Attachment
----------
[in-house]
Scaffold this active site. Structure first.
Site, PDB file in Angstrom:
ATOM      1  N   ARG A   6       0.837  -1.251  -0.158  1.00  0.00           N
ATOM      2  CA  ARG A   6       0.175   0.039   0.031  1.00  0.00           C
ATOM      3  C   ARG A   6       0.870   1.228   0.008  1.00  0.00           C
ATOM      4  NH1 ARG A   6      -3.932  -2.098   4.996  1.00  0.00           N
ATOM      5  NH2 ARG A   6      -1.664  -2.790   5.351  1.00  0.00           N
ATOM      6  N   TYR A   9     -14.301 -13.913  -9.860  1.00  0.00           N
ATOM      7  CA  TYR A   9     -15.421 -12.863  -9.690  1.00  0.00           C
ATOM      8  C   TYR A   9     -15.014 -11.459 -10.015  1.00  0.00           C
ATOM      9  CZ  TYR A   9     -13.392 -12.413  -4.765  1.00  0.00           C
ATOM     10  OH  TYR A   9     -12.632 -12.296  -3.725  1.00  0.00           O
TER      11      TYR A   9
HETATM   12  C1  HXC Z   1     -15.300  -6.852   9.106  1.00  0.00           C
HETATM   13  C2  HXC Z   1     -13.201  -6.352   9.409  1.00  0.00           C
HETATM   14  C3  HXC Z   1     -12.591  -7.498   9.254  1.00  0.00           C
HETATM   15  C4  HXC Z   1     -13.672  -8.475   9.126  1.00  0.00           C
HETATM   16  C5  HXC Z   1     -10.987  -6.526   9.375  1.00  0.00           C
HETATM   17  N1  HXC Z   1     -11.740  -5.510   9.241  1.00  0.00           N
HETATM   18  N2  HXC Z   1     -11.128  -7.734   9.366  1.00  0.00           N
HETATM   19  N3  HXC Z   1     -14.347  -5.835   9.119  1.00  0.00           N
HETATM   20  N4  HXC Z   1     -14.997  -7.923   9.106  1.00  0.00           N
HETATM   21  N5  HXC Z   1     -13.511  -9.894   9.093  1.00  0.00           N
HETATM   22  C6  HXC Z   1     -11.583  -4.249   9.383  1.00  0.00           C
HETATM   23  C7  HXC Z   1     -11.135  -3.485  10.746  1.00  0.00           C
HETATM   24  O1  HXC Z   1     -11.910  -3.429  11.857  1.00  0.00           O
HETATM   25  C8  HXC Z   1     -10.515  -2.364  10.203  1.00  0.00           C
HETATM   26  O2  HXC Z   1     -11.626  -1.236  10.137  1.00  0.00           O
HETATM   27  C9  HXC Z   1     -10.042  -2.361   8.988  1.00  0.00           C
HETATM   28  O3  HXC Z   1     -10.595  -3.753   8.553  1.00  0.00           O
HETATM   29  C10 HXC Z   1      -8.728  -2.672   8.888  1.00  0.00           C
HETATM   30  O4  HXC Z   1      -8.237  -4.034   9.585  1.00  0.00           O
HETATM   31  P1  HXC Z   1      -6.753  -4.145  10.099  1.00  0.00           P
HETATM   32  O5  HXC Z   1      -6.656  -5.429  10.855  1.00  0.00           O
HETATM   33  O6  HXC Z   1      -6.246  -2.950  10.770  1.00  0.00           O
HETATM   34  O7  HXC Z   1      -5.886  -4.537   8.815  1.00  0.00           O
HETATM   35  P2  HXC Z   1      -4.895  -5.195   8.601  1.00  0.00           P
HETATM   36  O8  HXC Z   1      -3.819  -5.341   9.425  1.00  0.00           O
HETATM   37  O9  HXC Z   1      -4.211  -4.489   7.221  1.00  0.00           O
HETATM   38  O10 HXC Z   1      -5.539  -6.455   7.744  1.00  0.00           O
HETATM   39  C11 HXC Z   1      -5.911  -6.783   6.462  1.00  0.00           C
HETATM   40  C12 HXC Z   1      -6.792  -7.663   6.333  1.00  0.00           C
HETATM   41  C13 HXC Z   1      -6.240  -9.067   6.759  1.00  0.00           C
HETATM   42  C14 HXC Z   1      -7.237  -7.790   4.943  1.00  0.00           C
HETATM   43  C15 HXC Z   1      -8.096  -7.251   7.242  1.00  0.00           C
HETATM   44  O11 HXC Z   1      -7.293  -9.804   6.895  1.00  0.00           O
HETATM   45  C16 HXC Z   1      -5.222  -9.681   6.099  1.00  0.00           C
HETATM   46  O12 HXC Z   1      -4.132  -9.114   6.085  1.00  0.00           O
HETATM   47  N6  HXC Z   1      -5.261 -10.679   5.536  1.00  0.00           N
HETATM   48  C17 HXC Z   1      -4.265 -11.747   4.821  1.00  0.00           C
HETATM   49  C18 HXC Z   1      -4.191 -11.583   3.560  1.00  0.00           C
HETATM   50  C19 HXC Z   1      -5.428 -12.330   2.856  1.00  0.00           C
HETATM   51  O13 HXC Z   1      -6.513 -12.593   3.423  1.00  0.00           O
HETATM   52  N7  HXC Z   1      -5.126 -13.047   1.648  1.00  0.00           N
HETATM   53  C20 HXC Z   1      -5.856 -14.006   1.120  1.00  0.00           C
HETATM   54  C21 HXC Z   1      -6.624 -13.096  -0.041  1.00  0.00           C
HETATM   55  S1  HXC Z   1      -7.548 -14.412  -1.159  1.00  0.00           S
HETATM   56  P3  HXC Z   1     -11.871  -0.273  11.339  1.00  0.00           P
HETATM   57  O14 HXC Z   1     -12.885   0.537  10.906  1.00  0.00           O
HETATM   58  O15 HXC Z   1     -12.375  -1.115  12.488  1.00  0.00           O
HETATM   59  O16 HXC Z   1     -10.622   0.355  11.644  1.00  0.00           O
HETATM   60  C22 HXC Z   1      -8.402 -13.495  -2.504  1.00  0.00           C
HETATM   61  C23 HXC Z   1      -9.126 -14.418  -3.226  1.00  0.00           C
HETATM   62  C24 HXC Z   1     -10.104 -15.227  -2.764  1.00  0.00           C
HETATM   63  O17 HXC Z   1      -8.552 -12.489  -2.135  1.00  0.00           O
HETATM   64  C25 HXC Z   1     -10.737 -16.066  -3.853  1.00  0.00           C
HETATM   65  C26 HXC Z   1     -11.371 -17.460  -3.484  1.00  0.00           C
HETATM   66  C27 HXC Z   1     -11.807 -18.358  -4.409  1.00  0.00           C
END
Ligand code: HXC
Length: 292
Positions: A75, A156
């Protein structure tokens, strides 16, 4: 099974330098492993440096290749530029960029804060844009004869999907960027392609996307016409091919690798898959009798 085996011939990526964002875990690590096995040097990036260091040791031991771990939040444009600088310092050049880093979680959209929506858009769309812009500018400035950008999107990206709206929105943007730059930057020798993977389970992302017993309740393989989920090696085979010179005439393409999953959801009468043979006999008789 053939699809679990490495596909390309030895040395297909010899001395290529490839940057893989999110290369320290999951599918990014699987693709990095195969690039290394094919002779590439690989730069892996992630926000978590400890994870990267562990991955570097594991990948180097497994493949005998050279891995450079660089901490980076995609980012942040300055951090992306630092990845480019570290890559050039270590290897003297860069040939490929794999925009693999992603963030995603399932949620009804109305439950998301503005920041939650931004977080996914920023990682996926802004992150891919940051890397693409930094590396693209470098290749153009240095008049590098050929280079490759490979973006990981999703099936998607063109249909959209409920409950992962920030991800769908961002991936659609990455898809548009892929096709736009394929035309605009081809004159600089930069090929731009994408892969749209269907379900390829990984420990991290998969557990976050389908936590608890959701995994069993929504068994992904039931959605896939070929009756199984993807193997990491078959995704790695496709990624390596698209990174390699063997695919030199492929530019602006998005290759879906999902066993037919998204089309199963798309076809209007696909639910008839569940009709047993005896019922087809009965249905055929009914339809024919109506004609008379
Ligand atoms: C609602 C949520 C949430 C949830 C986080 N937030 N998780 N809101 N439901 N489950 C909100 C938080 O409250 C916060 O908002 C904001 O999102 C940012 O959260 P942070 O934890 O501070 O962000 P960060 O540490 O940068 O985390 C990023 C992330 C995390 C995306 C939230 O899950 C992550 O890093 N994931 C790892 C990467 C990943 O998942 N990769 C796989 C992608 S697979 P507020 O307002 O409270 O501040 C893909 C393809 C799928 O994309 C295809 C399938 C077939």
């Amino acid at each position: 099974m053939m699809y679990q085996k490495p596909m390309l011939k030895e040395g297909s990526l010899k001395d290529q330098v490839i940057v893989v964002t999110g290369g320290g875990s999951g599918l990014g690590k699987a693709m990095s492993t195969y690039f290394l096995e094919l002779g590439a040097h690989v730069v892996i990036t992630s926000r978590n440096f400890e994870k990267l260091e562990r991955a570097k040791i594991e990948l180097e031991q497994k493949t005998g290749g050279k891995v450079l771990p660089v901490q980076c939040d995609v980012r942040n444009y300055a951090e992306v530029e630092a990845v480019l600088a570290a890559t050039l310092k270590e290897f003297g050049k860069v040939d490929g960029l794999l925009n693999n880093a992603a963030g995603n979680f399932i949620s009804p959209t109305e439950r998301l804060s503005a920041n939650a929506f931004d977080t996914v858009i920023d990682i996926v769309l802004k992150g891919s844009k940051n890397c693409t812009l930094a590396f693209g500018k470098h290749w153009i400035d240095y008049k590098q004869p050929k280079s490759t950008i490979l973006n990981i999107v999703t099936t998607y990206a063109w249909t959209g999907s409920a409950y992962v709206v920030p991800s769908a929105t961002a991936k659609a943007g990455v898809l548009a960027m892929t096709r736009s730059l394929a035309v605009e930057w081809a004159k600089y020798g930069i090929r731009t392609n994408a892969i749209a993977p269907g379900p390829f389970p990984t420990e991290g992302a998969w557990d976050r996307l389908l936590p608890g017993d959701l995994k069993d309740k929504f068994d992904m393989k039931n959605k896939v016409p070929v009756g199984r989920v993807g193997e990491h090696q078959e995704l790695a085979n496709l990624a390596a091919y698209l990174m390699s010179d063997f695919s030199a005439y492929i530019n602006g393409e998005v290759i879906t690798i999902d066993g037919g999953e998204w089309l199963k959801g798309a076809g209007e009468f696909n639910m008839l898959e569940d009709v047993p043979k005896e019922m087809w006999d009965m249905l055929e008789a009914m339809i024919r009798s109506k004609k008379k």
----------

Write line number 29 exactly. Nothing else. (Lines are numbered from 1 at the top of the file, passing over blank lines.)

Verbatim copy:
HETATM   26  O2  HXC Z   1     -11.626  -1.236  10.137  1.00  0.00           O